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Moving from Acknowledgement to Action: Supporting Indigenous Sovereignty

My partner and I recently engaged in the annual ritual that is paying U.S. income tax. Gather your documents, fill in the forms, look for deductions that never seem to be there, watch what you really make become clear…as we approached the finish line, I wondered – how can we reframe the act of paying taxes?  


Then I harkened to a recent moment where paying a tax had a completely different feel, one that not only felt necessary but made a small yet substantive step toward advancing racial equity. I refer of course to NCG’s participation in paying our region’s Indigenous land and honor taxes. We began that commitment as an organization in 2022 and trust me, it’s been both vital and fulfilling. 

Our offices are in San Francisco. But we acknowledge that we are on the unceded ancestral homeland known as Yelamu, homeland of the Ramaytush Ohlone relatives who are the original inhabitants of Yelamu aka the Ohlone Bay. As the Indigenous stewards of this land and in accordance with their traditions, the Ohlone peoples have never ceded, lost, nor forgotten their responsibilities as the caretakers of this place. As guests and settlers, we recognize that we benefit from living and working on their traditional homeland and by affirming their sovereign rights as First Peoples. 

But how do we move beyond routine land acknowledgements? In philanthropy, how do we steward resources back to the lands and communities that we have extracted wealth from and those who continue to experience historical inequities? NCG recognizes that we must move beyond principled land acknowledgements into tangible action. What does it mean to move towards right relationships with Indigenous communities? We are figuring it out as we go, and Indigenous land and honor taxes are just one mechanism to do so. 

In 2023, NCG committed 1 percent of all membership revenue towards the three land taxes within our 48-county geography, including Sogorea Te’ Land Trust, the Association of Ramaytush Ohlone-Yunakin Land Tax, and Wiyot Honor Tax. While making the payment is helpful, building right relationships is the fundamental goal. We are trying to be intentional in understanding the context in which each of these funds is being cultivated. We want to build dialogue with these institutions, growing our ability to share their story and the opportunity to invest in equitable futures for these communities.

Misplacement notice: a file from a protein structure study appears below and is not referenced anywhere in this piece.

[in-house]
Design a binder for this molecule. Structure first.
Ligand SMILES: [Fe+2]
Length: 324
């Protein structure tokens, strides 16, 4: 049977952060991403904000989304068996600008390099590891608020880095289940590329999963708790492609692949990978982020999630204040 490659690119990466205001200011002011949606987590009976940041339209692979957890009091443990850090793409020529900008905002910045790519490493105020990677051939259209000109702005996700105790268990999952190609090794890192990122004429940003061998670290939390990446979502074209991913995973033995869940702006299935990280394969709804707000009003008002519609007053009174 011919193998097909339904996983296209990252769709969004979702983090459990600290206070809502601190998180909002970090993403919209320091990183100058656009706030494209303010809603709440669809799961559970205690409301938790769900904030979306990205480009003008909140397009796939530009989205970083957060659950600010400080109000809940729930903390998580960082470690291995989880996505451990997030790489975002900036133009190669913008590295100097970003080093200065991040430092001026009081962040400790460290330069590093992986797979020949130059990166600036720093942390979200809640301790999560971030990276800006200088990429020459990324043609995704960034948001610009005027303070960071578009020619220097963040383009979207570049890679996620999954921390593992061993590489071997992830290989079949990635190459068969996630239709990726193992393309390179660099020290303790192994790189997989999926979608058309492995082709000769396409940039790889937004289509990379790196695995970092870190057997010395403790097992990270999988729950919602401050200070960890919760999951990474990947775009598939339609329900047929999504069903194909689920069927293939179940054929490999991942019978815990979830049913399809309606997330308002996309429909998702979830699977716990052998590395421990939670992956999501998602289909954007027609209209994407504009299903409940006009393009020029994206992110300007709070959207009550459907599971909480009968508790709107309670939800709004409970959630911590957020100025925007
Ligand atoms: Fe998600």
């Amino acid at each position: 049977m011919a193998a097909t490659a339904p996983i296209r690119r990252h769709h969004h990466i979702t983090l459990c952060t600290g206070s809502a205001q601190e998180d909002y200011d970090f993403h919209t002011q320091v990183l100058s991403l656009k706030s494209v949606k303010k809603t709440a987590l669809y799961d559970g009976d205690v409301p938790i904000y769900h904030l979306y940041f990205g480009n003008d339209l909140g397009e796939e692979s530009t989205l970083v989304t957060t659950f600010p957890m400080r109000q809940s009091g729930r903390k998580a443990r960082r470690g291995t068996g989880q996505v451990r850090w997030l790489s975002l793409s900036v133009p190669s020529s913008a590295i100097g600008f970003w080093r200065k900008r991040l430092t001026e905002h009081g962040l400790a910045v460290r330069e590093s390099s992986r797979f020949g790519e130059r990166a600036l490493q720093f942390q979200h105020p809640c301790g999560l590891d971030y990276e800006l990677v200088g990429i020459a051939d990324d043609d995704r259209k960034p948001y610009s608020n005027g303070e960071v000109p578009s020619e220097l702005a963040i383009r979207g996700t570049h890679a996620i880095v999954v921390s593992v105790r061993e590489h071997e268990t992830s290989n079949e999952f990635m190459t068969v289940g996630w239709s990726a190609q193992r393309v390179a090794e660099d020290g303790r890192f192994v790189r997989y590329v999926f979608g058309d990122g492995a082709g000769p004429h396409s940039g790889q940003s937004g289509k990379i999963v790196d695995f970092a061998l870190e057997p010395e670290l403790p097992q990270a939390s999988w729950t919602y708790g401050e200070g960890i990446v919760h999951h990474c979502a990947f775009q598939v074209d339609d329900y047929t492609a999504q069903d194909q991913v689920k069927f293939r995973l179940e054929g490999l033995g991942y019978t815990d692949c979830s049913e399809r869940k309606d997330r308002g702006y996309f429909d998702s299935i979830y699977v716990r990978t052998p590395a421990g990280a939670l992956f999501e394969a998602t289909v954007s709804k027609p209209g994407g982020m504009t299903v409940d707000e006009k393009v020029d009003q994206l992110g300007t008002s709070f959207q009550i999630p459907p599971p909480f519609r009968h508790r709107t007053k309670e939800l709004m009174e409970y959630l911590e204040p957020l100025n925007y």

For the Sogorea Te' Land Trust, an urban Indigenous women-led land trust based in the San Francisco Bay Area, giving Shuumi is a voluntary annual contribution that non-Indigenous people living on the Confederated Villages of Lisjan Ohlone territory (now known as the East Bay in the San Francisco Bay Area) can make to support the critical work of land rematriation. Land rematriation, the process of restoring the relationship between Native peoples ancestral lands, is the ultimate mission of Sogorea Te’. They are now stewarding 10 land sites throughout Lisjan territory and building their communities’ capacity to sustain this work for generations.  

With the Association of Ramaytush Ohlone, I learned that the Yunakin Land Tax assists with land acquisition and land management projects, including the Native ecological restoration of the Ramaytush Ohlone’s ancestral homeland. For example, projects like the Indigenous Garden in Golden Gate Park, sit at the intersection of ecology and equity and fulfill the community’s responsibilities to care for the planet and for all Indigenous peoples who live in the tribal territory. 

When speaking with the Wiyot Tribe, they revealed their ongoing journey to full state and federal recognition and the limitations they face accessing revenue sources. The Honor tax provides a revenue stream that supports critical programs and services for the Wiyot Tribe. 

As stewards of wealth that has been accumulated through the continued extraction, the attempted genocide of Indigenous lands and peoples, and total disruption of Indigenous cultures, philanthropic institutions have a particular responsibility to contribute to the healing of the lands they occupy and to enter into a reparative relationship with their local Indigenous communities. I’m willing to bet you may know of a foundation that has taken this step, as the practice is growing, though not nearly fast enough. While we are not a foundation, we hope that modeling this practice builds not only awareness, but action inspires you to take action in solidarity with land rematriation efforts. 

We invite you to also pay your institutional land tax and are happy to be a resource and share resources as you take an important step towards being in right relationship with Indigenous communities. We welcome conversations to support you in your journey to:

  • contribute to local and regional Land and Honor Taxes  
  • build reciprocal relationships to support Indigenous organizing 
  • shift philanthropic narrative to include land rematriation as a key strategy for change work 
  • transfer land ownership to Indigenous stewardship or mobilize additional resources for Indigenous sovereignty 

Resources to learn more: 



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